Choose(after)life Brian Eno composed a score for it. Stephen Fry sent sales rocketing when he mentioned it on Twitter and Nick Cave, Jarvis Cocker and Miranda Richardson have been recorded reading from it. Kirstin Innes meets David Eagleman, author of Sum, one of 2009’s most celebrated books
I n the afterlife, you’re allowed to be whoever you want to be. So you decide to be a neuroscientist, who spends his days thinking big, big thoughts about the endless mysteries and possibilities of life. You have an idea for a book composed of 40 very short stories, each positing a different idea about what happens after you die. In one afterlife, people sit in a waiting room equipped with vending machines until the last person who remembers them on Earth speaks their name for the last time. In another, you’re confronted by all the other possible versions of yourself, everyone you could have been. It’s a very simple concept, but people like it.
Six months after your book’s publication, you’re performing sections of it live on stage at the Sydney Opera House, while Brian Eno
20 THE LIST 5–19 Nov 2009
conducts an orchestra in the score he composed, inspired by your book. Nine months after publication, a famous British man tweets a message about it to all of his followers and your sales go up 6000%. A movement, possibilianism, is inspired by your book. It is translated into 16 different languages and all over the world people are touched and changed by your little book of little stories.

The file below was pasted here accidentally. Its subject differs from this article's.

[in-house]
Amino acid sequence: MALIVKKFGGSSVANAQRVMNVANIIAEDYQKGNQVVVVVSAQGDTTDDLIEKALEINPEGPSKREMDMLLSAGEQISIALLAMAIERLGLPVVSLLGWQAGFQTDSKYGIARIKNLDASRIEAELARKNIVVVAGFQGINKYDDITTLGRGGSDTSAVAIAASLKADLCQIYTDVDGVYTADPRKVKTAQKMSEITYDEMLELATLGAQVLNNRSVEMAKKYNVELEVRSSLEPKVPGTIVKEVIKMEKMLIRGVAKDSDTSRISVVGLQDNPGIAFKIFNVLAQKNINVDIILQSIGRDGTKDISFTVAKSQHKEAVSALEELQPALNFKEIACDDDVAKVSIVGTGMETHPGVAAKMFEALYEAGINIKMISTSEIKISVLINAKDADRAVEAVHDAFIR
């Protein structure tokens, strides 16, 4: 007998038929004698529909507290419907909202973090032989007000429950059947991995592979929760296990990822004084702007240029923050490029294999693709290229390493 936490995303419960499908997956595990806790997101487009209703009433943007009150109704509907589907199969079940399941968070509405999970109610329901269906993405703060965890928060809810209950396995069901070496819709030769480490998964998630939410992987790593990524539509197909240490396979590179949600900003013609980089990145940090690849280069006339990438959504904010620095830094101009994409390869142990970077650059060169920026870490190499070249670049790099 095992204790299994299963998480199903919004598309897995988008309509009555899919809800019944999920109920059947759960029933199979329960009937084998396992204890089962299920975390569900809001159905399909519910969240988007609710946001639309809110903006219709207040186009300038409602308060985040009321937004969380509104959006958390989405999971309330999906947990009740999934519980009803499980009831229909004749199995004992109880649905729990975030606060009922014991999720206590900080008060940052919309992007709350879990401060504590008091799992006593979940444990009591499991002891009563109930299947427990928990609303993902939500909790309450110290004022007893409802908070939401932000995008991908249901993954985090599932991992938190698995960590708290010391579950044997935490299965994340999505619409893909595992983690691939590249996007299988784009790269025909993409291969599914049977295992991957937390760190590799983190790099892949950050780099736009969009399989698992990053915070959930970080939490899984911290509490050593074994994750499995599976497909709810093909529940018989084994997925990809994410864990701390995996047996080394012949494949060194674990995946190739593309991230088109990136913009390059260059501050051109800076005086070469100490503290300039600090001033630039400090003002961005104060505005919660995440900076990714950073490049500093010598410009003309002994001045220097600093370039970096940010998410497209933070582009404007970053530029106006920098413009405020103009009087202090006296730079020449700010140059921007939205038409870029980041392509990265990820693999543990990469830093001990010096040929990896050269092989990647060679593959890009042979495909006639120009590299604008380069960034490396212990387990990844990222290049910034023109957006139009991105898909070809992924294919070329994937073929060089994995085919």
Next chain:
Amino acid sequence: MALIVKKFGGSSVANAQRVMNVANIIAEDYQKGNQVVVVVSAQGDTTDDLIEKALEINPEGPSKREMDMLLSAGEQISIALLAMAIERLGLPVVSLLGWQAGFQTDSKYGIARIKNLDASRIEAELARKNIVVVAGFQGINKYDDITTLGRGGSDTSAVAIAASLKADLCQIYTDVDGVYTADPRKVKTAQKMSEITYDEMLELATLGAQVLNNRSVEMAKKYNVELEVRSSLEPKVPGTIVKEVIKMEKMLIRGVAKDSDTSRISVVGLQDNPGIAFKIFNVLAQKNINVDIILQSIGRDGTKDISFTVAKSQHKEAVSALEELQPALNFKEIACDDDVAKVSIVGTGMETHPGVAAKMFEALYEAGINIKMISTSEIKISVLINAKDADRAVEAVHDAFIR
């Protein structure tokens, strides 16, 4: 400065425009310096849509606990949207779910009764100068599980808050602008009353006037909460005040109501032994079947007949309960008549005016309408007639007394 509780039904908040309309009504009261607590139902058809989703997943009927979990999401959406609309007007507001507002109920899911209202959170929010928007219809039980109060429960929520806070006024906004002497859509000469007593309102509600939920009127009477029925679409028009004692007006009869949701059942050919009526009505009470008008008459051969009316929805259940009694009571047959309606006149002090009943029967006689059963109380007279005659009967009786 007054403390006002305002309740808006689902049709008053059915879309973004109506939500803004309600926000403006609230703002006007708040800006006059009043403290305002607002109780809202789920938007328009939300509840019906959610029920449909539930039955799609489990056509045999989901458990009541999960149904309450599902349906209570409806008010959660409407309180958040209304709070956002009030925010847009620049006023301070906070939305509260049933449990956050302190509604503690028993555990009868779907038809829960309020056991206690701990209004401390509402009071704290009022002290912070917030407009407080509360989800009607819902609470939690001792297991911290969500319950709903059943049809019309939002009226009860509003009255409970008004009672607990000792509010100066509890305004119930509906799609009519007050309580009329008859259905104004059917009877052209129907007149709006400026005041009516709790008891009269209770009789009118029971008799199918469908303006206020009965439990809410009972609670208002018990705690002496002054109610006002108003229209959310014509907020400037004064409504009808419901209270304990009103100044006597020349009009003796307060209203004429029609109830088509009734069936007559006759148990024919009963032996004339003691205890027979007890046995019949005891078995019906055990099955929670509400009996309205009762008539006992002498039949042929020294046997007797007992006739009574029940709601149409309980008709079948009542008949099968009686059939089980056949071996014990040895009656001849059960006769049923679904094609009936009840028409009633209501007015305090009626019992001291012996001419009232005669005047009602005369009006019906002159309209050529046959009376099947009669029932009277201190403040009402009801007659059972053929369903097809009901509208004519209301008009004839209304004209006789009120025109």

In the afterlife, given the choice, I want to be David Eagleman; particularly as, despite his intimidating resume, in conversation the author of Sum: Tales from the Afterlives fizzes with the enthusiasm of a particularly imaginative teenage boy. ‘I spent my adult life as a scientist, and science is, essentially, the most successful
approach we have to try and understand the vast mysteries around us,’ he says, straight off, when I ask him to explain the genesis of Sum. ‘And yet, when you get to the end of the pier of science, you realise that what we don’t know vastly outstrips what we do know. There are always wonderful mysteries to confront. What has always surprised me when I walk into a bookstore is the number of books that you can find that are written with certainty. The authors tell some story as though it’s true, but they don’t have any evidence that it is true!’ It’s important to note here that Eagleman understands everything as a story – that he sees the narratives propounded by religions and by the ‘new atheists’ (Richard Dawkins et al) as equally narrow-minded and frustrating.
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